Monthly Archives: June 2016

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Eddie Munoz holds the team back before celebrating the Long Island championship win. File photo by Desirée Keegan

Two of Ward Melville’s multisport athletes are taking their lacrosse talents to the national stage.

Junior Eddie Munoz and freshman Dylan Pallonetti made the Under Armour All-America Long Island highlight and command teams, respectively, and are the only two Patriots to represent the school this week in the underclass tournament from June 30 to July 3 in Baltimore.

“It’s a big honor to be representing my school and my team,” Munoz said. “It’s going to be awesome. These are the kids we’re going to be playing in college. We’re all committed to these very good Division I schools, so it’s nice to be able to play them now and then again when we get to the collegiate level.”

Munoz, who committed to Stony Brook University, originally started out playing baseball. His father Eddie Munoz Jr. said his son started to progress athletically at a young age.

Eddie Munoz maintains possession of the ball as he makes his way downfield. File photo by Desirée Keegan
Eddie Munoz maintains possession of the ball as he makes his way downfield. File photo by Desirée Keegan

“He started walking at 10 months old,” said Munoz Jr., who played baseball and wrestled at Newfield, and was a two-time All-County football player. “By 3 years old, I was throwing a football from 10 yards away and he was catching it with his hands. By the time he was 5 years old, he was switch-hitting at a batting cage and hitting 65 miles-per-hour fastballs. I’d bring him up to the field and would hit fly balls into the outfield and he would naturally be able to catch them.”

But Munoz’s mother’s cousin, who played lacrosse at Salisbury University, told the athlete, who was is an All-League, All-County and All-Long Island football player, that he needed to try lacrosse. Once he did, the rest was history.

“We put a stick in his hand in third grade and he never put it down,” Munoz Jr. said.

Munoz, who also wrestled as a freshman and won the New York State wrestling championship for youth in fifth grade, said he tried a few clinics and didn’t like them, but also said that once he got older and started playing in games, he fell in love with the sport.

“I love the chemistry of the game,” he said. “The way everyone is with each other, the respect factor and the competitiveness, physicality — it never gets boring, there’s no sitting around — it’s constant in-and-out subbing. It’s up-tempo and that’s my kind of game.”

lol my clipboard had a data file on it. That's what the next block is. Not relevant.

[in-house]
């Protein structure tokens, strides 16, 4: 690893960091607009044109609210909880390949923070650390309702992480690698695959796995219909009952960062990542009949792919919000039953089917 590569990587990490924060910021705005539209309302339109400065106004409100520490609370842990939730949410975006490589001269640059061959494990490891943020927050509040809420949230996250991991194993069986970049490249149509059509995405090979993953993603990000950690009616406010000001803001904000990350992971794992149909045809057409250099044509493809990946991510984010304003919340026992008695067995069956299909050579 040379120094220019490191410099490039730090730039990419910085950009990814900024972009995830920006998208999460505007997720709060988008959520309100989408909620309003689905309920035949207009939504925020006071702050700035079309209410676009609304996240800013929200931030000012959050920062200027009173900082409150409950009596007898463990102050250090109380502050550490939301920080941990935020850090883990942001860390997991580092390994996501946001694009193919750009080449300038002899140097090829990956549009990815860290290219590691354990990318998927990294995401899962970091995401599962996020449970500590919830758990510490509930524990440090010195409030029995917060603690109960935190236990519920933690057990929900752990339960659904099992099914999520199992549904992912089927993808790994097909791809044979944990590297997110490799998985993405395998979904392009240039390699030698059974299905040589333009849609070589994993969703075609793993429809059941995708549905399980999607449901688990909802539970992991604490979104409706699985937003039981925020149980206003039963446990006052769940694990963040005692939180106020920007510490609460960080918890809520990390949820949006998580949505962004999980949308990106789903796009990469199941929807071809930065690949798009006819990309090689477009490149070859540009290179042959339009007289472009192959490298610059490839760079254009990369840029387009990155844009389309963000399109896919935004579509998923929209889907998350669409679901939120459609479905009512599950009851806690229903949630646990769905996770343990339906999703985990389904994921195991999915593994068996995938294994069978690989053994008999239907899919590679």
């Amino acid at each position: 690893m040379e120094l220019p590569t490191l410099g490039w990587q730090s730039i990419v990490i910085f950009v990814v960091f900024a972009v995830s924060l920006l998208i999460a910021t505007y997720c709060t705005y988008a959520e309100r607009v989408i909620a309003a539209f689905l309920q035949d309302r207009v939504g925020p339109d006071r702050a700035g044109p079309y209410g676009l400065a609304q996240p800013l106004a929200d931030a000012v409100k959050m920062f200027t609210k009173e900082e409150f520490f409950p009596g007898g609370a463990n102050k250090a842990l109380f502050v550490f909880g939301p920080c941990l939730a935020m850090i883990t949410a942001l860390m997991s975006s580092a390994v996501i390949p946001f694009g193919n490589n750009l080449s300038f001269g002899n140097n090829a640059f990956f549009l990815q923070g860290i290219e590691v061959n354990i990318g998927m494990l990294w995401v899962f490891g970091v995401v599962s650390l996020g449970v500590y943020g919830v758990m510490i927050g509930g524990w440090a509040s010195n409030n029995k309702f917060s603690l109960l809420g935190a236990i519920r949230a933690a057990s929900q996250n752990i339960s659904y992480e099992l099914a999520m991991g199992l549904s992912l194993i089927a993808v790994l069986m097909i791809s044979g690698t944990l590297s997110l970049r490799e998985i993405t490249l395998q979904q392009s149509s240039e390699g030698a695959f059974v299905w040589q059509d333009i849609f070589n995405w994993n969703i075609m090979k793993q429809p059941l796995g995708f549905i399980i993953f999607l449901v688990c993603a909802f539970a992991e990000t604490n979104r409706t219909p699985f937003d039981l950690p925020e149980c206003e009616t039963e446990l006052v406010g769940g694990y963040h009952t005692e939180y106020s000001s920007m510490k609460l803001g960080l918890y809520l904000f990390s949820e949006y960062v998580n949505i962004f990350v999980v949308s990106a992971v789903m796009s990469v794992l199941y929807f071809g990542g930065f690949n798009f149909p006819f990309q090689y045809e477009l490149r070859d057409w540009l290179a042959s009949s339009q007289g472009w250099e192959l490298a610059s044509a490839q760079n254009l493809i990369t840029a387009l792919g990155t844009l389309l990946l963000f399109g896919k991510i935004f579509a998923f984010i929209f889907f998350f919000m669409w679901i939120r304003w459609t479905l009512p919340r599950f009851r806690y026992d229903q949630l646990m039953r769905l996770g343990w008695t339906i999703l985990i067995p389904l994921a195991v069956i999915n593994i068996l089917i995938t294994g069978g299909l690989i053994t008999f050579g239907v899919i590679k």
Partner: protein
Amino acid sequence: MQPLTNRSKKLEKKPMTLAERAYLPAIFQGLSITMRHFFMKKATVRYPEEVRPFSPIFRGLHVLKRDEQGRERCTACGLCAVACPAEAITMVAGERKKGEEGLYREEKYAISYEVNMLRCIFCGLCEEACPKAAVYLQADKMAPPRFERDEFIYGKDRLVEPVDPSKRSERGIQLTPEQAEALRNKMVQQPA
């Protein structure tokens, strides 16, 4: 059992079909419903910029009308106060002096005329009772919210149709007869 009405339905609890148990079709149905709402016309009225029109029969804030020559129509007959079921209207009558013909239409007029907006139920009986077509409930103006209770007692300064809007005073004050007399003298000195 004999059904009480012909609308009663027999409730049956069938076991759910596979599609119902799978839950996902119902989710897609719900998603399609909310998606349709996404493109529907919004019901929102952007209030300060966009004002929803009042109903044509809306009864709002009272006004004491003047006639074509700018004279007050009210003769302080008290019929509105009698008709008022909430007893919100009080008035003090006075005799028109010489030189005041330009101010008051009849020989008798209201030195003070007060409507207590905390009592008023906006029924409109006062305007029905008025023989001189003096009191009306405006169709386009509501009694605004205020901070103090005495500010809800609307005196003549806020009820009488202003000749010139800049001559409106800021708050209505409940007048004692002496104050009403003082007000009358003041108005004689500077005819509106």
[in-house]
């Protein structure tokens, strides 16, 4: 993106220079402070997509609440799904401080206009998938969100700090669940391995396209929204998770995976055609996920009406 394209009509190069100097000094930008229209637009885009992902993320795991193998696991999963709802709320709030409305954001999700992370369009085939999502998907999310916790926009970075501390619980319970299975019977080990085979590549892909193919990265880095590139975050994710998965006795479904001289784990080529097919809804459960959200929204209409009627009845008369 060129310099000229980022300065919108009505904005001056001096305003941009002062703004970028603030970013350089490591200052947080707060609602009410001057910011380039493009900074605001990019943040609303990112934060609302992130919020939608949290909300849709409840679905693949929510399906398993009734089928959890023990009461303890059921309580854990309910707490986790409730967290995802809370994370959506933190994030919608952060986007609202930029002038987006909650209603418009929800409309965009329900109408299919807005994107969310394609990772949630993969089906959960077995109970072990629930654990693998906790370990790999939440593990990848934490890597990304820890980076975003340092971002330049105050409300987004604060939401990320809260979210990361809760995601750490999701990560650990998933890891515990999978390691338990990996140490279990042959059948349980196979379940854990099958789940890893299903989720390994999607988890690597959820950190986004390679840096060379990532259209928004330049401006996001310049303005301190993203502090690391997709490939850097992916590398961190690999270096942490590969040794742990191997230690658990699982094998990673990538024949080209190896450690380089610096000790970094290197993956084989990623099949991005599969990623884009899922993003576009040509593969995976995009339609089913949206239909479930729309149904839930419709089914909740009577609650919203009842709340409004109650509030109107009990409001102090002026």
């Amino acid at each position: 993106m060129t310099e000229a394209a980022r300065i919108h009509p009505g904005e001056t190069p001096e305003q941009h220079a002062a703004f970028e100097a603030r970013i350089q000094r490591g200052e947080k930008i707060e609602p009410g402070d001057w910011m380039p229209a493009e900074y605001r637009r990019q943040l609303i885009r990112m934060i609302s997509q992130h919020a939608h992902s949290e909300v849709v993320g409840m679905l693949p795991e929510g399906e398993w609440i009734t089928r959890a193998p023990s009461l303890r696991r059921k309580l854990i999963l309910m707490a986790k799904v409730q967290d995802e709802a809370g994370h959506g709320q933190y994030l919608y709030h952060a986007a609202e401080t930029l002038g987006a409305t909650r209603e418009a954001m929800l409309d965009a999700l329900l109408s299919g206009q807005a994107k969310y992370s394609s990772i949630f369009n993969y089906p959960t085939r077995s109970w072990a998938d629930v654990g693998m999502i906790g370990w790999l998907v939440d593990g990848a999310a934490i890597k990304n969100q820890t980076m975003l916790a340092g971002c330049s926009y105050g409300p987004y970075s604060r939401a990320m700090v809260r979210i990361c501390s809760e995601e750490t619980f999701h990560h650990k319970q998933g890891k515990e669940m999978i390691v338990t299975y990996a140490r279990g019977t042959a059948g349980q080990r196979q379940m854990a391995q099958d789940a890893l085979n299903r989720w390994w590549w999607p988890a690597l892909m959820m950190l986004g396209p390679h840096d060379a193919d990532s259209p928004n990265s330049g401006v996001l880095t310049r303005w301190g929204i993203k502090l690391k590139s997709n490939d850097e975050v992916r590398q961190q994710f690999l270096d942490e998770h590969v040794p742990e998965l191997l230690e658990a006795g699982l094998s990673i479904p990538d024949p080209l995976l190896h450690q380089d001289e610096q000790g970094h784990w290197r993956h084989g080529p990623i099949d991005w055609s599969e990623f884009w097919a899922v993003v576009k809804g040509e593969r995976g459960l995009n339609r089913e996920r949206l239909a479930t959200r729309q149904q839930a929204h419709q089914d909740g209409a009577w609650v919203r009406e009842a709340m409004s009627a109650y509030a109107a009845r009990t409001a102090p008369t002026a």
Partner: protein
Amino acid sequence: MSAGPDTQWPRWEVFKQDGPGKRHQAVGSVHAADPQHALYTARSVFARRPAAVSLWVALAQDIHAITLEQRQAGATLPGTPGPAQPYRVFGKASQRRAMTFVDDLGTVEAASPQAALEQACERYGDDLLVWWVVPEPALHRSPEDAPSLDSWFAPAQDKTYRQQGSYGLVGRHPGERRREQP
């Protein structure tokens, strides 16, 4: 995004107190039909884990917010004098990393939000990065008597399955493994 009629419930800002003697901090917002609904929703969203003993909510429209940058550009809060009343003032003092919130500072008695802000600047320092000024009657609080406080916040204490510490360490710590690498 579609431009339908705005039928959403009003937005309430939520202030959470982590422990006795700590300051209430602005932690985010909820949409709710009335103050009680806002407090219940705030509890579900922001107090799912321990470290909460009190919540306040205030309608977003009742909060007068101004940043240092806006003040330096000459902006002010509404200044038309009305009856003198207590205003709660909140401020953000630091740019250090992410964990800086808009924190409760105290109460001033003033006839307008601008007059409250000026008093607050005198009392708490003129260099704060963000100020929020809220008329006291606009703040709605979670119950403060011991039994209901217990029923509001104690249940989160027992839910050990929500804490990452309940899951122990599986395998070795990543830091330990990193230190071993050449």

Although already committed, the national exposure will help but will work more in the favor of those like Pallonetti.

Dylan Pallonetti cuts to the outside in a previous Ward Melville boys' lacrosse game. File photo by Bill Landon
Dylan Pallonetti cuts to the outside in a previous Ward Melville boys’ lacrosse game. File photo by Bill Landon

“This is good for him for the future,” Dylan’s mother Michele Pallonetti said. “We’re thrilled and I feel he’s very lucky. He’s worked hard for it, he deserves it, he loves the sport and he’s really passionate about it. He’ll really represent New York.”

Dylan Pallonetti also grew up playing a sport other than lacrosse. Since he was a child, his uncle had him on roller skates in the driveway, and it got him really competitive. He plays ice hockey for Ward Melville’s junior varsity team, and also played basketball. He was the fifth leading scorer in his hockey league this season.

“He’s been playing with his brother and uncle in the driveway for years, the neighbors make a joke about it,” Michele Pallonetti said.

Her son began playing lacrosse in fourth grade on the town team, and by seventh grade, he moved to the Long Island Express club team. This past season, Pallonetti made the varsity team, and earned Rookie of the Year for Suffolk County, which all came as a surprise being that it was his first year on the team.

“We’re super proud of him and most proud that he’s a freshman out there and handles himself confidently and he’s very calm,” his mother said. “He fits in with the older boys. He’s a very low-key, he doesn’t get hyped up over anything, which I think helps him deal with those types of situations, and we love watching him play. It’s very exciting.”